My first corporate boss had a phrase he relied upon so often that he framed a printout on his office wall: “You Can’t Manage What You Can’t Measure.” The phrase has often come back to me when considering environmental topics. Assessing the scope and magnitude of climate risk is daunting; it’s hard to tell where to start.
The U.S. Securities and Exchange Commission (SEC) has proposed a rule to dramatically expand climate risk reporting. (506 pages in full, also summarized here.) Whether or not it makes climate risk manageable, the SEC intends to support measurement of companies’ climate exposures.
The SEC governs financial statements, the filings made by all U.S. publicly-traded companies. Since the 1970s, SEC guidance has required businesses to mention major environmental costs or risks to their businesses, like the costs of compliance with emission regulations and disaster risks to their locations. The new proposal dramatically increases the scope of this requirement.
The rule calls for reporting entities to list as much environmental detail about their businesses as they can. Any climate-related risk that could affect costs or revenues by 1% must be detailed. All Scope 1 and 2 emissions (made directly by the company and from its purchased utilities) would have to be reported. Companies with emissions targets would have to detail not just their goals, but measured progress and a plan to achieve them.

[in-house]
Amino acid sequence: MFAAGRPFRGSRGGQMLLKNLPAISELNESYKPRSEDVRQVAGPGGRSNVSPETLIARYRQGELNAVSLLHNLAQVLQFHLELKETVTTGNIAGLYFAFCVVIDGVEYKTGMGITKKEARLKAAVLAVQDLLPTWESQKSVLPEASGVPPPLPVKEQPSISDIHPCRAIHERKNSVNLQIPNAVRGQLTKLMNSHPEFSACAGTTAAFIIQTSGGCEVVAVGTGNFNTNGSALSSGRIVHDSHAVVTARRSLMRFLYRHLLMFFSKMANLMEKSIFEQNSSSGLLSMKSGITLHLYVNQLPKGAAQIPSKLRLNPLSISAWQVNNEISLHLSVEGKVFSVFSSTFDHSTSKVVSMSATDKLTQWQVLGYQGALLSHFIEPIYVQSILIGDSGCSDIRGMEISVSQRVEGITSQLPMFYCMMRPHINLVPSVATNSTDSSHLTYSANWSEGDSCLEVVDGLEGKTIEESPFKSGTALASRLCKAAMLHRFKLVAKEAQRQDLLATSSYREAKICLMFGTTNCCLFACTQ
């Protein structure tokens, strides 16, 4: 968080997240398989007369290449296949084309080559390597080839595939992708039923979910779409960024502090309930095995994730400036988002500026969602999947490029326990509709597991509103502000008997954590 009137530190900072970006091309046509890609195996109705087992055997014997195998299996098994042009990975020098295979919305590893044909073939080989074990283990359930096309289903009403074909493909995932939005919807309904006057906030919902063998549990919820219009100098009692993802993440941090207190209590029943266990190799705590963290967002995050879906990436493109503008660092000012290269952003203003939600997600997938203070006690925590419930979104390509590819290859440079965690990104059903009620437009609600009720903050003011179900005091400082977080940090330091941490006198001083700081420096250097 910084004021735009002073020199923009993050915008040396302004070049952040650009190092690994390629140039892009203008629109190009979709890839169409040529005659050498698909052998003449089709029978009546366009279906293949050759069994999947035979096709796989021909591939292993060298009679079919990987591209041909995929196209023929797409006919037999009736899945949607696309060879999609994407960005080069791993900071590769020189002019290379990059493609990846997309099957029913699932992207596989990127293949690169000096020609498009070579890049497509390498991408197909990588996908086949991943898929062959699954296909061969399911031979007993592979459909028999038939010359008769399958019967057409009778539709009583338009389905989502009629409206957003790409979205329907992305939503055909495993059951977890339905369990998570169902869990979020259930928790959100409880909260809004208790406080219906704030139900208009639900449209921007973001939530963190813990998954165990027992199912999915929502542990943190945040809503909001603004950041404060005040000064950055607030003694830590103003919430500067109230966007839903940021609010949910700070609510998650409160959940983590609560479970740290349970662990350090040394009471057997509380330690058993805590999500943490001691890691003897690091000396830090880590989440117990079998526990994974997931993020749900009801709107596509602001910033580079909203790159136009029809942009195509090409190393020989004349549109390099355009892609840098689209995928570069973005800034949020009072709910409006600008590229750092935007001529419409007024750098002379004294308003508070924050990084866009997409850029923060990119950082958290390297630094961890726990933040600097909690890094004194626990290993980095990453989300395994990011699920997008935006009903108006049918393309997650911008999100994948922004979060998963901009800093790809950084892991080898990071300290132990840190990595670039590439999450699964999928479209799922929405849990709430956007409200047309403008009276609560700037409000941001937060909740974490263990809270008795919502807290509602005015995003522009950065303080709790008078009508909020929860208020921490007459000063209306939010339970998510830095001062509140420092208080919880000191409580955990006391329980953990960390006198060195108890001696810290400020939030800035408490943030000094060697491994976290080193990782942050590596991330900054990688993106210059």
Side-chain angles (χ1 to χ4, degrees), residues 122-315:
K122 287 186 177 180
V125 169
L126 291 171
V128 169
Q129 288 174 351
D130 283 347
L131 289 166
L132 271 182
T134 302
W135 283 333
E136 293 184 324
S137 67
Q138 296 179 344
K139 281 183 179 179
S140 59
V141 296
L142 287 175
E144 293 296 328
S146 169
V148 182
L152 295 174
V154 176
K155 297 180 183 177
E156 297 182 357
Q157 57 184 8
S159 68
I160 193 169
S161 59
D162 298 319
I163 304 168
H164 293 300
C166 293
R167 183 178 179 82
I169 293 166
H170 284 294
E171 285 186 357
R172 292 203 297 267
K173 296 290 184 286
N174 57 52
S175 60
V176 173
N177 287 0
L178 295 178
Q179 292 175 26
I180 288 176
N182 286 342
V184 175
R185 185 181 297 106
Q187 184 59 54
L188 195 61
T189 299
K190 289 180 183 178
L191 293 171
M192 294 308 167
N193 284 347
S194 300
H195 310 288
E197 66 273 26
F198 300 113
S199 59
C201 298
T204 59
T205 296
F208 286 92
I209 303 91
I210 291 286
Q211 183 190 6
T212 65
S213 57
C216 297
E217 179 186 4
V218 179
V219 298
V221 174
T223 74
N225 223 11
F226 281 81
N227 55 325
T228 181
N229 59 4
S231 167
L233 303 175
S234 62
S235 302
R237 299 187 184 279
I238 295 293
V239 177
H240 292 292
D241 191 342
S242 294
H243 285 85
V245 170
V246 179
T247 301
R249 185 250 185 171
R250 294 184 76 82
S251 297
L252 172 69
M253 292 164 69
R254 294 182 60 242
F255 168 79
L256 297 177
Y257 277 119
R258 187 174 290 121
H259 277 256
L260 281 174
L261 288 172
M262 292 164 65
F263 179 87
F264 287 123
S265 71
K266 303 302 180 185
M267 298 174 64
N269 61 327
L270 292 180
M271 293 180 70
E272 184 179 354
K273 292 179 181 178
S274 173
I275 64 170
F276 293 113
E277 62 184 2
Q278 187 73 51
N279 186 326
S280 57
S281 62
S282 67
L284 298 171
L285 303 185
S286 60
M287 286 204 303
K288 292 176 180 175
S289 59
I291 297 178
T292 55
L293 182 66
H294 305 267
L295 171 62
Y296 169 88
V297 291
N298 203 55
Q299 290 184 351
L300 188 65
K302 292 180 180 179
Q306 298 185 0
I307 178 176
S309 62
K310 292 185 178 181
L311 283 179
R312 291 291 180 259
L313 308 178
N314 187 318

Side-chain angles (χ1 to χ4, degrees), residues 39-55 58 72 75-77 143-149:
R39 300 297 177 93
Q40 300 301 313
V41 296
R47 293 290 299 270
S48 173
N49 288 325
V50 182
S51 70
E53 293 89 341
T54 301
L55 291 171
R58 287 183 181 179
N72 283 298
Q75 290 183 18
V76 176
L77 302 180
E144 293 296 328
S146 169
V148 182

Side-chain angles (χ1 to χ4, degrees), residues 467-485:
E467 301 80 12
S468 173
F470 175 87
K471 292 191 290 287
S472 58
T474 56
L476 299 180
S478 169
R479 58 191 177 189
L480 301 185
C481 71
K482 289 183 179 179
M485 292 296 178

The requirements are less stringent for Scope 3 emissions, those that are produced elsewhere in the company’s value chain. This is the broadest and most difficult category of emissions to measure. Companies must report Scope 3 emissions only if they are “material” or if the company has a reduction target. For some entities like financial institutions, direct emissions are negligible, but emissions from financed activities can be substantial.
Environmental disclosures are not entirely new. Many companies publish corporate social responsibility reports, highlighting their green efforts, with wide editorial discretion. Working groups like the Carbon Disclosure Project and Task Force on Climate-related Financial Disclosure have established voluntary reporting standards. The SEC’s proposal builds on those efforts, making them more uniform and mandatory.